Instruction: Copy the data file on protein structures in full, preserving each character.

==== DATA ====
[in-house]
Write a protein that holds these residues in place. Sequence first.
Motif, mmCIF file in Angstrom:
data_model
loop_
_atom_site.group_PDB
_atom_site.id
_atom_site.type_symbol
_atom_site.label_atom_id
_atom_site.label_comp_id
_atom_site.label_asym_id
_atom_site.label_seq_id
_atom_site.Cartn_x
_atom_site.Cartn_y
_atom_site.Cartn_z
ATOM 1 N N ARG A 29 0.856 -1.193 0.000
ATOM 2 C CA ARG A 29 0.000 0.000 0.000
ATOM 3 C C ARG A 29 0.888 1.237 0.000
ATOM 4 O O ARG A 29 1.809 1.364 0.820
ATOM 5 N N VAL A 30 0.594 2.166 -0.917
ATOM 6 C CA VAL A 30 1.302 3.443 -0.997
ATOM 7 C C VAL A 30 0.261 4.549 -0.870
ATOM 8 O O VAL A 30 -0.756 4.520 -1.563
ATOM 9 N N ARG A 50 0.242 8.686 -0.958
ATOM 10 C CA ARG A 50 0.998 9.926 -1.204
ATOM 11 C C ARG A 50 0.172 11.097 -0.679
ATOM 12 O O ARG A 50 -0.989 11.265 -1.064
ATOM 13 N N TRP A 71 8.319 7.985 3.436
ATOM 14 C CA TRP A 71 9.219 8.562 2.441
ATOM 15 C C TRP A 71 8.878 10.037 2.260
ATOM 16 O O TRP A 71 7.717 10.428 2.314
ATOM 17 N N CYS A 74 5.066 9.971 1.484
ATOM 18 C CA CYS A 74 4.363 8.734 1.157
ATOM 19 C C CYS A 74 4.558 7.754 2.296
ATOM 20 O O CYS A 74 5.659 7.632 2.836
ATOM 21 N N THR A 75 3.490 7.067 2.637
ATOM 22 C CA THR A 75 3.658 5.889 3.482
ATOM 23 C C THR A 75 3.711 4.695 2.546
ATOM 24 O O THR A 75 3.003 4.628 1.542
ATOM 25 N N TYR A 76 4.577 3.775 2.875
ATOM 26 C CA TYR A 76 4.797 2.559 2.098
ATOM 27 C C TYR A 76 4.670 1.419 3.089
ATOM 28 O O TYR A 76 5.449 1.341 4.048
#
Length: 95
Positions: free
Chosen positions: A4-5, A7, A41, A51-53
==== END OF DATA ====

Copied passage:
[in-house]
Write a protein that holds these residues in place. Sequence first.
Motif, mmCIF file in Angstrom:
data_model
loop_
_atom_site.group_PDB
_atom_site.id
_atom_site.type_symbol
_atom_site.label_atom_id
_atom_site.label_comp_id
_atom_site.label_asym_id
_atom_site.label_seq_id
_atom_site.Cartn_x
_atom_site.Cartn_y
_atom_site.Cartn_z
ATOM 1 N N ARG A 29 0.856 -1.193 0.000
ATOM 2 C CA ARG A 29 0.000 0.000 0.000
ATOM 3 C C ARG A 29 0.888 1.237 0.000
ATOM 4 O O ARG A 29 1.809 1.364 0.820
ATOM 5 N N VAL A 30 0.594 2.166 -0.917
ATOM 6 C CA VAL A 30 1.302 3.443 -0.997
ATOM 7 C C VAL A 30 0.261 4.549 -0.870
ATOM 8 O O VAL A 30 -0.756 4.520 -1.563
ATOM 9 N N ARG A 50 0.242 8.686 -0.958
ATOM 10 C CA ARG A 50 0.998 9.926 -1.204
ATOM 11 C C ARG A 50 0.172 11.097 -0.679
ATOM 12 O O ARG A 50 -0.989 11.265 -1.064
ATOM 13 N N TRP A 71 8.319 7.985 3.436
ATOM 14 C CA TRP A 71 9.219 8.562 2.441
ATOM 15 C C TRP A 71 8.878 10.037 2.260
ATOM 16 O O TRP A 71 7.717 10.428 2.314
ATOM 17 N N CYS A 74 5.066 9.971 1.484
ATOM 18 C CA CYS A 74 4.363 8.734 1.157
ATOM 19 C C CYS A 74 4.558 7.754 2.296
ATOM 20 O O CYS A 74 5.659 7.632 2.836
ATOM 21 N N THR A 75 3.490 7.067 2.637
ATOM 22 C CA THR A 75 3.658 5.889 3.482
ATOM 23 C C THR A 75 3.711 4.695 2.546
ATOM 24 O O THR A 75 3.003 4.628 1.542
ATOM 25 N N TYR A 76 4.577 3.775 2.875
ATOM 26 C CA TYR A 76 4.797 2.559 2.098
ATOM 27 C C TYR A 76 4.670 1.419 3.089
ATOM 28 O O TYR A 76 5.449 1.341 4.048
#
Length: 95
Positions: free
Chosen positions: A4-5, A7, A41, A51-53